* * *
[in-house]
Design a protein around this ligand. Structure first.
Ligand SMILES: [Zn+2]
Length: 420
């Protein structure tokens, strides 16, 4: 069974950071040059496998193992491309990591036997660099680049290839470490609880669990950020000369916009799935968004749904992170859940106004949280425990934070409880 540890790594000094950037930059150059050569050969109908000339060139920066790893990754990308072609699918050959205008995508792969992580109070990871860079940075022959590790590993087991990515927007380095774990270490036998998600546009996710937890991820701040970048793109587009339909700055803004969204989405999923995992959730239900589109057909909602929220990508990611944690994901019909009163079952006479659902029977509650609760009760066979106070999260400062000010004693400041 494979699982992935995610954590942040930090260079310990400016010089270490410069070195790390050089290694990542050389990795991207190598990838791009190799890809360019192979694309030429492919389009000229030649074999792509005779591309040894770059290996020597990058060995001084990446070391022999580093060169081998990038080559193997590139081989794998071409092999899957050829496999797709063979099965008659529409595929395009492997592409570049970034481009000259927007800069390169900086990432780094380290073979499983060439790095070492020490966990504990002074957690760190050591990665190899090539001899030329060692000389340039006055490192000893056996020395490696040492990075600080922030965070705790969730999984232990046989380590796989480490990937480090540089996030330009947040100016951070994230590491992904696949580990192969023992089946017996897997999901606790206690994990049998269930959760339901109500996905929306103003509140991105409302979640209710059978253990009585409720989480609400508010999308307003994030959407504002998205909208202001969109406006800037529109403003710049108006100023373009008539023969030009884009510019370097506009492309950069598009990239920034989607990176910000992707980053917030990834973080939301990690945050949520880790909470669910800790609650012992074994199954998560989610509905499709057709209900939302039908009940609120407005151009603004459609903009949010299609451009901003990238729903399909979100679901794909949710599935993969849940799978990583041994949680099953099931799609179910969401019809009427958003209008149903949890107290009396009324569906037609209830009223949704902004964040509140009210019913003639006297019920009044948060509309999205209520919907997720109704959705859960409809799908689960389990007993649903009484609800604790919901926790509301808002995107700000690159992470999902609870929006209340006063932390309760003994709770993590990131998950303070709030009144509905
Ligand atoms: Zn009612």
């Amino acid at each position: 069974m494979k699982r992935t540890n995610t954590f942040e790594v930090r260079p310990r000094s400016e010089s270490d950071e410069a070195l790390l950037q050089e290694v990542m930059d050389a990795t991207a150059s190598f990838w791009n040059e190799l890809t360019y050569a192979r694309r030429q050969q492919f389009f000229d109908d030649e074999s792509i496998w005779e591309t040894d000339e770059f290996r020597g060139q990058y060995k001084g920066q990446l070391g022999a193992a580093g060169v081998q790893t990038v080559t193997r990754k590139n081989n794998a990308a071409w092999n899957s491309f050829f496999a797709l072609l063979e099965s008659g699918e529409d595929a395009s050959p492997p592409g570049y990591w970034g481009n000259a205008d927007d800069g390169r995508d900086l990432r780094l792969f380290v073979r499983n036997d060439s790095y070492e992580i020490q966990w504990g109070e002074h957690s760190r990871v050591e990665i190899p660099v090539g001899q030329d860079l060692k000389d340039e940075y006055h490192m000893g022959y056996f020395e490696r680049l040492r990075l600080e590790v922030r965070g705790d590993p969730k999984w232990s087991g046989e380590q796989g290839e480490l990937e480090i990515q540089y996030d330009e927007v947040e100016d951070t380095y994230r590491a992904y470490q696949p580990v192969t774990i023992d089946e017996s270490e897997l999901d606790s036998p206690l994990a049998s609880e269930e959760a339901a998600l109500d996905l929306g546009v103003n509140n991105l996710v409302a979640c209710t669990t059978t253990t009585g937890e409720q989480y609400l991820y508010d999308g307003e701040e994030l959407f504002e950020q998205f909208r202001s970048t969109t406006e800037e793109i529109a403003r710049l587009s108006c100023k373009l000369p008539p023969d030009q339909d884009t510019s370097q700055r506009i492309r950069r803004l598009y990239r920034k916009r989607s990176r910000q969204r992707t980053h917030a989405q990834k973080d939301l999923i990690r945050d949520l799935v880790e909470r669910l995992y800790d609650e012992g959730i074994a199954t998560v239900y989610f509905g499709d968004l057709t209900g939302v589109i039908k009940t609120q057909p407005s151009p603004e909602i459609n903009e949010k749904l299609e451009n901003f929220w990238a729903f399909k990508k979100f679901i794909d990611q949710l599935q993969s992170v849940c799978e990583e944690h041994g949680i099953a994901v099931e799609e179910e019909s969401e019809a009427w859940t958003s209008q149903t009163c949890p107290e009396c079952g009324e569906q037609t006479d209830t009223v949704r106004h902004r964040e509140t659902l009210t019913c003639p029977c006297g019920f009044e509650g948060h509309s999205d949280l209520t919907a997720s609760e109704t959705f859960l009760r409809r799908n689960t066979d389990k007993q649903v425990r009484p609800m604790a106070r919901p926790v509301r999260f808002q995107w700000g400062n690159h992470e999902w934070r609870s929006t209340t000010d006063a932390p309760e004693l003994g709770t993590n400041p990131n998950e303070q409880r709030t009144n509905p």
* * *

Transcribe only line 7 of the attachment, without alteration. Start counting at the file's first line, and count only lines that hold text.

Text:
């Amino acid at each position: 069974m494979k699982r992935t540890n995610t954590f942040e790594v930090r260079p310990r000094s400016e010089s270490d950071e410069a070195l790390l950037q050089e290694v990542m930059d050389a990795t991207a150059s190598f990838w791009n040059e190799l890809t360019y050569a192979r694309r030429q050969q492919f389009f000229d109908d030649e074999s792509i496998w005779e591309t040894d000339e770059f290996r020597g060139q990058y060995k001084g920066q990446l070391g022999a193992a580093g060169v081998q790893t990038v080559t193997r990754k590139n081989n794998a990308a071409w092999n899957s491309f050829f496999a797709l072609l063979e099965s008659g699918e529409d595929a395009s050959p492997p592409g570049y990591w970034g481009n000259a205008d927007d800069g390169r995508d900086l990432r780094l792969f380290v073979r499983n036997d060439s790095y070492e992580i020490q966990w504990g109070e002074h957690s760190r990871v050591e990665i190899p660099v090539g001899q030329d860079l060692k000389d340039e940075y006055h490192m000893g022959y056996f020395e490696r680049l040492r990075l600080e590790v922030r965070g705790d590993p969730k999984w232990s087991g046989e380590q796989g290839e480490l990937e480090i990515q540089y996030d330009e927007v947040e100016d951070t380095y994230r590491a992904y470490q696949p580990v192969t774990i023992d089946e017996s270490e897997l999901d606790s036998p206690l994990a049998s609880e269930e959760a339901a998600l109500d996905l929306g546009v103003n509140n991105l996710v409302a979640c209710t669990t059978t253990t009585g937890e409720q989480y609400l991820y508010d999308g307003e701040e994030l959407f504002e950020q998205f909208r202001s970048t969109t406006e800037e793109i529109a403003r710049l587009s108006c100023k373009l000369p008539p023969d030009q339909d884009t510019s370097q700055r506009i492309r950069r803004l598009y990239r920034k916009r989607s990176r910000q969204r992707t980053h917030a989405q990834k973080d939301l999923i990690r945050d949520l799935v880790e909470r669910l995992y800790d609650e012992g959730i074994a199954t998560v239900y989610f509905g499709d968004l057709t209900g939302v589109i039908k009940t609120q057909p407005s151009p603004e909602i459609n903009e949010k749904l299609e451009n901003f929220w990238a729903f399909k990508k979100f679901i794909d990611q949710l599935q993969s992170v849940c799978e990583e944690h041994g949680i099953a994901v099931e799609e179910e019909s969401e019809a009427w859940t958003s209008q149903t009163c949890p107290e009396c079952g009324e569906q037609t006479d209830t009223v949704r106004h902004r964040e509140t659902l009210t019913c003639p029977c006297g019920f009044e509650g948060h509309s999205d949280l209520t919907a997720s609760e109704t959705f859960l009760r409809r799908n689960t066979d389990k007993q649903v425990r009484p609800m604790a106070r919901p926790v509301r999260f808002q995107w700000g400062n690159h992470e999902w934070r609870s929006t209340t000010d006063a932390p309760e004693l003994g709770t993590n400041p990131n998950e303070q409880r709030t009144n509905p």